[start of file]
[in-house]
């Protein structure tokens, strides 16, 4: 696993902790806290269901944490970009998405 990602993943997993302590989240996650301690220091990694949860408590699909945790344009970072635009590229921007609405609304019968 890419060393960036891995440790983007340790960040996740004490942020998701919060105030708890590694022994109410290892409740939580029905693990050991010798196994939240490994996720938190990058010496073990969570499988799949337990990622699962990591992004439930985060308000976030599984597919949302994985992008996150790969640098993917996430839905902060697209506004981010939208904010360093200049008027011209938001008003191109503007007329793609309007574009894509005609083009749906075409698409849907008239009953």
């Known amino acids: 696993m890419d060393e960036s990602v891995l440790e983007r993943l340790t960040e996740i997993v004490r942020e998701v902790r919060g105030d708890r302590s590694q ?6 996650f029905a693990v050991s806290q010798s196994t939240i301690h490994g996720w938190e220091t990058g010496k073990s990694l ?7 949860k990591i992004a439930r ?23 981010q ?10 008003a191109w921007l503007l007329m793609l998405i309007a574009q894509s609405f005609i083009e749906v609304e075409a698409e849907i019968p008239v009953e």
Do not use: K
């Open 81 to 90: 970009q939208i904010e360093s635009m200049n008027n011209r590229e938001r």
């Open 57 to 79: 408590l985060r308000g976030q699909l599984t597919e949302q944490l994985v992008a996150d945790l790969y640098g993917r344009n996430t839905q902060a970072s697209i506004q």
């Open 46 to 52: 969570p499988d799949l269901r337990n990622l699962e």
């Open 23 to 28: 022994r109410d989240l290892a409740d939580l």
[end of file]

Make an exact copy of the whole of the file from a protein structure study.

[in-house]
């Protein structure tokens, strides 16, 4: 696993902790806290269901944490970009998405 990602993943997993302590989240996650301690220091990694949860408590699909945790344009970072635009590229921007609405609304019968 890419060393960036891995440790983007340790960040996740004490942020998701919060105030708890590694022994109410290892409740939580029905693990050991010798196994939240490994996720938190990058010496073990969570499988799949337990990622699962990591992004439930985060308000976030599984597919949302994985992008996150790969640098993917996430839905902060697209506004981010939208904010360093200049008027011209938001008003191109503007007329793609309007574009894509005609083009749906075409698409849907008239009953």
């Known amino acids: 696993m890419d060393e960036s990602v891995l440790e983007r993943l340790t960040e996740i997993v004490r942020e998701v902790r919060g105030d708890r302590s590694q ?6 996650f029905a693990v050991s806290q010798s196994t939240i301690h490994g996720w938190e220091t990058g010496k073990s990694l ?7 949860k990591i992004a439930r ?23 981010q ?10 008003a191109w921007l503007l007329m793609l998405i309007a574009q894509s609405f005609i083009e749906v609304e075409a698409e849907i019968p008239v009953e």
Do not use: K
């Open 81 to 90: 970009q939208i904010e360093s635009m200049n008027n011209r590229e938001r």
């Open 57 to 79: 408590l985060r308000g976030q699909l599984t597919e949302q944490l994985v992008a996150d945790l790969y640098g993917r344009n996430t839905q902060a970072s697209i506004q």
């Open 46 to 52: 969570p499988d799949l269901r337990n990622l699962e």
């Open 23 to 28: 022994r109410d989240l290892a409740d939580l």